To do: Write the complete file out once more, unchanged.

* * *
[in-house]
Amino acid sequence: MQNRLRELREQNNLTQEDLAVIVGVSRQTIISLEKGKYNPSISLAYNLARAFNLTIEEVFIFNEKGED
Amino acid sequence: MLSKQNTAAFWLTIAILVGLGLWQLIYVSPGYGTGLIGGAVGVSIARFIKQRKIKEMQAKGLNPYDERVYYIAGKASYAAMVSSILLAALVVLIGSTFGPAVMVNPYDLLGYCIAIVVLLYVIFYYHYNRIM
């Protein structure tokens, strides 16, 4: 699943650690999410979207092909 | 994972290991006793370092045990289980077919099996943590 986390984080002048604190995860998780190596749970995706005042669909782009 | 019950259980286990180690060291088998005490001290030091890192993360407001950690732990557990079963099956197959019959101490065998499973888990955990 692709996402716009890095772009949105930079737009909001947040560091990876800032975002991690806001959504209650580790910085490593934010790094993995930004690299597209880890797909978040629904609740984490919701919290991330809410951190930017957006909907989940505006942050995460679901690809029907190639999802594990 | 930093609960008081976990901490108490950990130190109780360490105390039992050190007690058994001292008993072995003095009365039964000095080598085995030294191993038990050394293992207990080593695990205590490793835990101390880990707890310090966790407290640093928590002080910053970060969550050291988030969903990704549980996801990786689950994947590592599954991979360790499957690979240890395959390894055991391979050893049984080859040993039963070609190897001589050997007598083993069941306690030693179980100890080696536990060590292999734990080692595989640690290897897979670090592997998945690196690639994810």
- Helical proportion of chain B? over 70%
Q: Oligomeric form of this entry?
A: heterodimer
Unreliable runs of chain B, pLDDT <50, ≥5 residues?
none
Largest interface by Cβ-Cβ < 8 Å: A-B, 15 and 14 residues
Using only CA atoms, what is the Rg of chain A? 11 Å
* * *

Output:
[in-house]
Amino acid sequence: MQNRLRELREQNNLTQEDLAVIVGVSRQTIISLEKGKYNPSISLAYNLARAFNLTIEEVFIFNEKGED
Amino acid sequence: MLSKQNTAAFWLTIAILVGLGLWQLIYVSPGYGTGLIGGAVGVSIARFIKQRKIKEMQAKGLNPYDERVYYIAGKASYAAMVSSILLAALVVLIGSTFGPAVMVNPYDLLGYCIAIVVLLYVIFYYHYNRIM
């Protein structure tokens, strides 16, 4: 699943650690999410979207092909 | 994972290991006793370092045990289980077919099996943590 986390984080002048604190995860998780190596749970995706005042669909782009 | 019950259980286990180690060291088998005490001290030091890192993360407001950690732990557990079963099956197959019959101490065998499973888990955990 692709996402716009890095772009949105930079737009909001947040560091990876800032975002991690806001959504209650580790910085490593934010790094993995930004690299597209880890797909978040629904609740984490919701919290991330809410951190930017957006909907989940505006942050995460679901690809029907190639999802594990 | 930093609960008081976990901490108490950990130190109780360490105390039992050190007690058994001292008993072995003095009365039964000095080598085995030294191993038990050394293992207990080593695990205590490793835990101390880990707890310090966790407290640093928590002080910053970060969550050291988030969903990704549980996801990786689950994947590592599954991979360790499957690979240890395959390894055991391979050893049984080859040993039963070609190897001589050997007598083993069941306690030693179980100890080696536990060590292999734990080692595989640690290897897979670090592997998945690196690639994810």
- Helical proportion of chain B? over 70%
Q: Oligomeric form of this entry?
A: heterodimer
Unreliable runs of chain B, pLDDT <50, ≥5 residues?
none
Largest interface by Cβ-Cβ < 8 Å: A-B, 15 and 14 residues
Using only CA atoms, what is the Rg of chain A? 11 Å